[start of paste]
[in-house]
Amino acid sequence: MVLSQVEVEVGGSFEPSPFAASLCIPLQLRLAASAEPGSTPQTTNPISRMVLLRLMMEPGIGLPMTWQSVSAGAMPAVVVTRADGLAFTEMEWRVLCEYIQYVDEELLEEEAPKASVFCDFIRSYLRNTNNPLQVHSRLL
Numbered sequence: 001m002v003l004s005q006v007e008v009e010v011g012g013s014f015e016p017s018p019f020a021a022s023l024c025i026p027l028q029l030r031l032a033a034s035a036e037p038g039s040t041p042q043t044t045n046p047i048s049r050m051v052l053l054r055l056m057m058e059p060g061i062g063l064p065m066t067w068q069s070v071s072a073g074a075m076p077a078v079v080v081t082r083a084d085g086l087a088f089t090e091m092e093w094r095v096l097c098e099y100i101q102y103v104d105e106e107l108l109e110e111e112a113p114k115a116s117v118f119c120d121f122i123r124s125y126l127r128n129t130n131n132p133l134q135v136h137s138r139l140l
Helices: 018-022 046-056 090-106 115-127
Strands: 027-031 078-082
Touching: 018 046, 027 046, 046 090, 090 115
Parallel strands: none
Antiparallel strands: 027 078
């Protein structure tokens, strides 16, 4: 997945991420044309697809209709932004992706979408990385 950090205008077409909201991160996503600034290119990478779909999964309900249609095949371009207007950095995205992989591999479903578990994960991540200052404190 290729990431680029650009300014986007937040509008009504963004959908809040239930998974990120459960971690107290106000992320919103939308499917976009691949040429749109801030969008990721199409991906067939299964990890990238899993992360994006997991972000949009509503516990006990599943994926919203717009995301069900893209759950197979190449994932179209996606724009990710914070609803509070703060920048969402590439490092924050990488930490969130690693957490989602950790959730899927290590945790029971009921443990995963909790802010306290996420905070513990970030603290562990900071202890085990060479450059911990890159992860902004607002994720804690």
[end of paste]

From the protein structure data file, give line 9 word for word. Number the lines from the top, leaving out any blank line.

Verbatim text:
């Protein structure tokens, strides 16, 4: 997945991420044309697809209709932004992706979408990385 950090205008077409909201991160996503600034290119990478779909999964309900249609095949371009207007950095995205992989591999479903578990994960991540200052404190 290729990431680029650009300014986007937040509008009504963004959908809040239930998974990120459960971690107290106000992320919103939308499917976009691949040429749109801030969008990721199409991906067939299964990890990238899993992360994006997991972000949009509503516990006990599943994926919203717009995301069900893209759950197979190449994932179209996606724009990710914070609803509070703060920048969402590439490092924050990488930490969130690693957490989602950790959730899927290590945790029971009921443990995963909790802010306290996420905070513990970030603290562990900071202890085990060479450059911990890159992860902004607002994720804690």